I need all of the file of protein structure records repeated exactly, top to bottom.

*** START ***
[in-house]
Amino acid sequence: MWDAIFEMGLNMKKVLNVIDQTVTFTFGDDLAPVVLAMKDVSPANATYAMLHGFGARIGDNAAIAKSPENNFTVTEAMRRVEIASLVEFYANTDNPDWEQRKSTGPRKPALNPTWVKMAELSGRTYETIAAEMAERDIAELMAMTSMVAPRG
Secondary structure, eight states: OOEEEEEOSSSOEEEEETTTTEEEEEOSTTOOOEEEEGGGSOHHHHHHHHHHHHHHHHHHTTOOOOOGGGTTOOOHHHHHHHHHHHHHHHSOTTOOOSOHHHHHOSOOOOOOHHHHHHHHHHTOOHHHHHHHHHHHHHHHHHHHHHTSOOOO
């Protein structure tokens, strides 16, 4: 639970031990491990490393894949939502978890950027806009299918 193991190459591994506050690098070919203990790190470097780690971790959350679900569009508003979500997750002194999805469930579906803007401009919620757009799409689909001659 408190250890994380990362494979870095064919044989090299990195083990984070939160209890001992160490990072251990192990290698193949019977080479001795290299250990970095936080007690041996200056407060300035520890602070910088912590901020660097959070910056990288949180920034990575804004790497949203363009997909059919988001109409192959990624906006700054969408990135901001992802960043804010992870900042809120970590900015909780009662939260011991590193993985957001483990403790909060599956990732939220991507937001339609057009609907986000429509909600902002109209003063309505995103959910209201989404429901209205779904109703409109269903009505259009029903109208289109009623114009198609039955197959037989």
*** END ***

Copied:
[in-house]
Amino acid sequence: MWDAIFEMGLNMKKVLNVIDQTVTFTFGDDLAPVVLAMKDVSPANATYAMLHGFGARIGDNAAIAKSPENNFTVTEAMRRVEIASLVEFYANTDNPDWEQRKSTGPRKPALNPTWVKMAELSGRTYETIAAEMAERDIAELMAMTSMVAPRG
Secondary structure, eight states: OOEEEEEOSSSOEEEEETTTTEEEEEOSTTOOOEEEEGGGSOHHHHHHHHHHHHHHHHHHTTOOOOOGGGTTOOOHHHHHHHHHHHHHHHSOTTOOOSOHHHHHOSOOOOOOHHHHHHHHHHTOOHHHHHHHHHHHHHHHHHHHHHTSOOOO
């Protein structure tokens, strides 16, 4: 639970031990491990490393894949939502978890950027806009299918 193991190459591994506050690098070919203990790190470097780690971790959350679900569009508003979500997750002194999805469930579906803007401009919620757009799409689909001659 408190250890994380990362494979870095064919044989090299990195083990984070939160209890001992160490990072251990192990290698193949019977080479001795290299250990970095936080007690041996200056407060300035520890602070910088912590901020660097959070910056990288949180920034990575804004790497949203363009997909059919988001109409192959990624906006700054969408990135901001992802960043804010992870900042809120970590900015909780009662939260011991590193993985957001483990403790909060599956990732939220991507937001339609057009609907986000429509909600902002109209003063309505995103959910209201989404429901209205779904109703409109269903009505259009029903109208289109009623114009198609039955197959037989």